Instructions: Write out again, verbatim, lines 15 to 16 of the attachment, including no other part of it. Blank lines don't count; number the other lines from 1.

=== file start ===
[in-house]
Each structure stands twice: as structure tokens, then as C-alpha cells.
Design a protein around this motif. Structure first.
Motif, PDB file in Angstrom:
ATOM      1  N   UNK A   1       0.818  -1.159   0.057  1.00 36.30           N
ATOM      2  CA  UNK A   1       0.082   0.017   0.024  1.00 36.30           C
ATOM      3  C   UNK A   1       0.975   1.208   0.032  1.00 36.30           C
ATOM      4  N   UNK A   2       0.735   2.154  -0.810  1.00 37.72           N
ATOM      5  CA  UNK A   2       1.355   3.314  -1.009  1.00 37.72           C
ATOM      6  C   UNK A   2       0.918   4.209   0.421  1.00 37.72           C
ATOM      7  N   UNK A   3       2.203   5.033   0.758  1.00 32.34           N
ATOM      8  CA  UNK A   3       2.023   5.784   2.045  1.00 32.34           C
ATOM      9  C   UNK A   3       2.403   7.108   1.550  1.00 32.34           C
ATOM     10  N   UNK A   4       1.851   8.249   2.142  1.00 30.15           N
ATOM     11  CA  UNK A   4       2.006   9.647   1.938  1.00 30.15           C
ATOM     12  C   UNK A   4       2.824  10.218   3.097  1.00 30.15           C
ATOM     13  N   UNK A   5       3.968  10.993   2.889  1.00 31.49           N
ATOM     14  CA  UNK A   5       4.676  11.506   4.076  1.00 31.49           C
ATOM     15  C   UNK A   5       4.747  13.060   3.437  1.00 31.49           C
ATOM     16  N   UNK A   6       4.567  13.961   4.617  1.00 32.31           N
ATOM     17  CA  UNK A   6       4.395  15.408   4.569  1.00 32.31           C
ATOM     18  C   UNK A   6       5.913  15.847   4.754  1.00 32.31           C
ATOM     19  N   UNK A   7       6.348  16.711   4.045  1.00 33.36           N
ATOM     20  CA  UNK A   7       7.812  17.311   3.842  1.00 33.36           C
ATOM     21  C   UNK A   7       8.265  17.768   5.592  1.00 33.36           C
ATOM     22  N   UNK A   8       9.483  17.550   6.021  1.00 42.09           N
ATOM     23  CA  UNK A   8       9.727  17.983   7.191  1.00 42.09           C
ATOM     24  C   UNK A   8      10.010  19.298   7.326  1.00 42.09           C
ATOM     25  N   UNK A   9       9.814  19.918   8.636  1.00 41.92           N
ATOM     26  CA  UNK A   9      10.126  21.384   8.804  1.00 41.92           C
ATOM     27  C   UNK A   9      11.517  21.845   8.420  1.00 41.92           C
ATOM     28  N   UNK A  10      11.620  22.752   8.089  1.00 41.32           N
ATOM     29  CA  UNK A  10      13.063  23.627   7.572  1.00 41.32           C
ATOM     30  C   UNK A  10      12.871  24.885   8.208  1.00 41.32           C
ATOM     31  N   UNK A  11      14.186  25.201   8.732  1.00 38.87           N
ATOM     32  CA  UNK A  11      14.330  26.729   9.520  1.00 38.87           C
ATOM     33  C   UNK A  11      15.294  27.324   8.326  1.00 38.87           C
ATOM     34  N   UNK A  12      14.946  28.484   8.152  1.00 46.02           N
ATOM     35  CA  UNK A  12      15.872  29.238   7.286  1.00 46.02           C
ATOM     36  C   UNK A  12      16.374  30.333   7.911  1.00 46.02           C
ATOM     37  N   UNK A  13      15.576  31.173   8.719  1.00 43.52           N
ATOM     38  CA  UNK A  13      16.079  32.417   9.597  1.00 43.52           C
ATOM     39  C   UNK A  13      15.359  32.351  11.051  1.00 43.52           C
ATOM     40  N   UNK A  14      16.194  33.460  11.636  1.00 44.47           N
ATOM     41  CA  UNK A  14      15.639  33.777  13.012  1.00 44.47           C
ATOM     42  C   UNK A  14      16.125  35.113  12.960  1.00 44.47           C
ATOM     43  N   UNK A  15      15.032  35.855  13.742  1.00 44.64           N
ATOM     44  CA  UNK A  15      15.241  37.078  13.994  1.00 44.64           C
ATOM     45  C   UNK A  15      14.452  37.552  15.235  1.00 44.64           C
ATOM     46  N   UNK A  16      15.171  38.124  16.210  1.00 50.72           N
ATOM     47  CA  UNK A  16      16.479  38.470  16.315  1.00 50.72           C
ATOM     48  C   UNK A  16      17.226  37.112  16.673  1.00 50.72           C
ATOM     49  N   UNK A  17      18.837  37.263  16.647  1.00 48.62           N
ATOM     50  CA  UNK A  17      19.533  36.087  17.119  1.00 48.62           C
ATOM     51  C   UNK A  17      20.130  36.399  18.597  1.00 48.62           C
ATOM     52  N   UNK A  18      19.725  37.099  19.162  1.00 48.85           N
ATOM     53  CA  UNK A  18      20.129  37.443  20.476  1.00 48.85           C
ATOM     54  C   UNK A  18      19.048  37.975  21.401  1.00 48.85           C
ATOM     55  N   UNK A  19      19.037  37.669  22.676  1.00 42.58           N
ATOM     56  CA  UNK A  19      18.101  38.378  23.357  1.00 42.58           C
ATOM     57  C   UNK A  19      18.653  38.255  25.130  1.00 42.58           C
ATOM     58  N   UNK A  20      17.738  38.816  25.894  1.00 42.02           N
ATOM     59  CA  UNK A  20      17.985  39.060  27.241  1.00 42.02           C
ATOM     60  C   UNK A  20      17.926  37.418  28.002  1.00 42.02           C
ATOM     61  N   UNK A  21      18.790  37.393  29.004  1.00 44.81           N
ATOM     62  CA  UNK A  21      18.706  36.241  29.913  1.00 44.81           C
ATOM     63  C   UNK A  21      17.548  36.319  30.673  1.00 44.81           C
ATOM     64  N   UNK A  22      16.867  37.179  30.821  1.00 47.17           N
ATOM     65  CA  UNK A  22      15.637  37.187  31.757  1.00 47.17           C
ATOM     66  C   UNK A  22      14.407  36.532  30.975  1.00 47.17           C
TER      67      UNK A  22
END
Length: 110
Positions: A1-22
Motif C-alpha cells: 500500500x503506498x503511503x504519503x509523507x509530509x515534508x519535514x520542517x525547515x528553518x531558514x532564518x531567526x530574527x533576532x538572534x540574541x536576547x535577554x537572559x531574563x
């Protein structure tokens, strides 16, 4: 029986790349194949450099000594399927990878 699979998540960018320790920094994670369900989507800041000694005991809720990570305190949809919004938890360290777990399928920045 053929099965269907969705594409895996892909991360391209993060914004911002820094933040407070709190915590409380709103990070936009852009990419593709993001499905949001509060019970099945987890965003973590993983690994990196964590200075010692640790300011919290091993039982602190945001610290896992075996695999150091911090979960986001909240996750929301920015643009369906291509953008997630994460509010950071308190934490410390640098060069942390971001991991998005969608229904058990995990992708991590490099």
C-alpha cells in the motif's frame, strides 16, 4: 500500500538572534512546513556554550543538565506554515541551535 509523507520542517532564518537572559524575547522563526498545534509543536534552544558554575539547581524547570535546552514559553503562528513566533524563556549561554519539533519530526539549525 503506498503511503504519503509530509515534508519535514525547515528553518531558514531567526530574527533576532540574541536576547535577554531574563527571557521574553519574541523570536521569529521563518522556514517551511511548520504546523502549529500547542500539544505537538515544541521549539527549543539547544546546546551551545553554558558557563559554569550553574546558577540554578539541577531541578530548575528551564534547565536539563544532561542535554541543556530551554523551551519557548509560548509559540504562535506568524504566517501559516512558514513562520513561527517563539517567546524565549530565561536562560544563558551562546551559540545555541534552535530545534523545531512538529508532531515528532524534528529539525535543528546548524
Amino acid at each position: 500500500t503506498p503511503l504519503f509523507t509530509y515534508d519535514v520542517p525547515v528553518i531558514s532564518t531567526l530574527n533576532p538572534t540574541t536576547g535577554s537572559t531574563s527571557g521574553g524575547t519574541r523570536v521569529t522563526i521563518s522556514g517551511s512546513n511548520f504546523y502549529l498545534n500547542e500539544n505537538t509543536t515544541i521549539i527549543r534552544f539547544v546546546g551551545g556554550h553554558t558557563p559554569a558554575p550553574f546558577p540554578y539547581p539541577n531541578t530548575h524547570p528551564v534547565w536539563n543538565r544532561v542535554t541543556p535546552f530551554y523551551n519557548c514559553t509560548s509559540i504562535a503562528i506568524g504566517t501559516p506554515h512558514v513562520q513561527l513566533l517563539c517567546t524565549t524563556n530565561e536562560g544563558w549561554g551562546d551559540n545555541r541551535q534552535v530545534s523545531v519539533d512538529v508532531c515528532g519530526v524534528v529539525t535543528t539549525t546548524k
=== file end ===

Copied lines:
ATOM     11  CA  UNK A   4       2.006   9.647   1.938  1.00 30.15           C
ATOM     12  C   UNK A   4       2.824  10.218   3.097  1.00 30.15           C